But there are big questions ahead for Denver, ones it’ll now have to answer without Connelly. Will Jamal Murray return to form next season following his torn ACL? What can Michael Porter Jr. offer following another back surgery? How can they improve the roster with limited cap space for free agents and assets for trades?

Connelly’s exit isn’t a death sentence for the organization. Almost everyone is replaceable, and sometimes a fresh perspective is beneficial. Connelly did a fine job stepping in for Ujiri, just as his successor could for him. Booth will likely be tabbed to take over the lead role, according to The Athletic’s Shams Charania. Booth played 10 years in the NBA and just finished his 10th as a front office executive. Now he gets his chance—and he’ll have work to do. The Nuggets have key players with uncertain futures taking up a ton of cap space, and the rest of the roster needs tweaking too. Both Jeff Green and JaMychal Green have player options for next season. Austin Rivers and Facundo Campazzo will both be free agents. There’s much work to do if the Nuggets are going to surround Jokic with better shooters and perimeter defenders.

The Nuggets will pay the luxury tax, which means they have a $6.4 million taxpayer extension to utilize in free agency. They have the 21st pick in the draft, but not much else in the future. Denver owes Oklahoma City a top-14-protected first in 2023, 2024, or 2025, and another top-five-protected first two years after the pick to OKC is conveyed. Signing players and trading picks will complicate building a team.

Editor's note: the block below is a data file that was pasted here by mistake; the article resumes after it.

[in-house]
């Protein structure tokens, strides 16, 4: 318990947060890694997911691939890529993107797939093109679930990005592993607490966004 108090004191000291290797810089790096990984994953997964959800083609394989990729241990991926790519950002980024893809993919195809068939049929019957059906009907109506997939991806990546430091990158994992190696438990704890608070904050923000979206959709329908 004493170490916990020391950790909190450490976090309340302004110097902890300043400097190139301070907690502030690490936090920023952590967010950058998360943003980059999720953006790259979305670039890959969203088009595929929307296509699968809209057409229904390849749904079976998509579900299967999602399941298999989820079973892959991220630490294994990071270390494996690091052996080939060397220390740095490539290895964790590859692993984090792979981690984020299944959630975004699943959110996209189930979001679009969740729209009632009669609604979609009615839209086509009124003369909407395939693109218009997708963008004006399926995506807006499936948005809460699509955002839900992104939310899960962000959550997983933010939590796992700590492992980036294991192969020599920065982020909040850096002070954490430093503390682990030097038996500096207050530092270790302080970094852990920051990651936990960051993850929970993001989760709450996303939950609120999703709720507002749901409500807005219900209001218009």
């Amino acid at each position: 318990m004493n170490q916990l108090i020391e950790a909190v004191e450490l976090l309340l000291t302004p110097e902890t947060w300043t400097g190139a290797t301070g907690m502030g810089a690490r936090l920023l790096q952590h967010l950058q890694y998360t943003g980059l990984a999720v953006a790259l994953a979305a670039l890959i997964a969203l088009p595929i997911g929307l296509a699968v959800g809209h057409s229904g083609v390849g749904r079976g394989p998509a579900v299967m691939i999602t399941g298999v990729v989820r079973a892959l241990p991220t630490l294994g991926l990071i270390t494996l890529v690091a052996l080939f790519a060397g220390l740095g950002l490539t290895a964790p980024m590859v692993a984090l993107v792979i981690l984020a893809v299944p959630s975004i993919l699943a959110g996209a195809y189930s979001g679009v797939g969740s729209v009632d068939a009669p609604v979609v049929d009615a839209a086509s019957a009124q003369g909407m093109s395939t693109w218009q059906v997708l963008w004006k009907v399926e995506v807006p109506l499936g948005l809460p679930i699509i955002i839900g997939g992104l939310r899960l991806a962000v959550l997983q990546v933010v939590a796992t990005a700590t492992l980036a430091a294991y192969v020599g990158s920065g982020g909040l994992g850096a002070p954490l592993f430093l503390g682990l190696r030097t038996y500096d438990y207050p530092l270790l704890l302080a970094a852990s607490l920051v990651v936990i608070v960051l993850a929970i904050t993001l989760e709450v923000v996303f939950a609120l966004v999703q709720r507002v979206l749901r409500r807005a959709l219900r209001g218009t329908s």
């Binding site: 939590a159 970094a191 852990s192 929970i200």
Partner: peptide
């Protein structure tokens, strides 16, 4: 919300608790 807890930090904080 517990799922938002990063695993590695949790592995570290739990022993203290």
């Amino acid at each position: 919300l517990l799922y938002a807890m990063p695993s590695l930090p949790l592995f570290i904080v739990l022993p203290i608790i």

It’s easy for me to say that Jokic should decline signing the largest supermax contract extension ever and instead wait until 2023 to test his options. But that’s exactly what I think when I put myself in the future Hall of Famer’s shoes. Jokic is 27, in his prime, and has more than $100 million in career earnings. Watching the four remaining teams left in the conference finals defend at such a high level while also having so many shot creators makes it obvious just how far away Denver was compared to the best teams this season. The gap could only grow wider in the years to come.

The Timberwolves could be one of those teams atop the conference soon. Connelly reunites with former Nuggets assistant Chris Finch, who has unlocked new dimensions for Karl-Anthony Towns on offense while constructing a better defensive system around him. (Much like Denver once did with Jokic.) Connelly has long been a creative, daring decision-maker, so Minnesota fans should be prepared for him to make some moves. D’Angelo Russell and Malik Beasley are solid pieces but Minnesota should look to upgrade. If KAT, Anthony Edwards, and Jaden McDaniels get even better while the rest of the roster improves, it may not be long before they surpass an aging Nuggets team with potential cap issues. It should come as no surprise to Nuggets fans if Jokic decides to hold off on signing a big extension to find out how the roster will evolve when he knows other teams will make strides.

Having Jokic guarantees the Nuggets will be competitive. But reaching the Finals is a whole different challenge. If ownership isn’t willing to spend and the supporting cast doesn’t get any better, things could go south for the Nuggets quickly. Connelly might be cashing in and jumping ship at the right moment.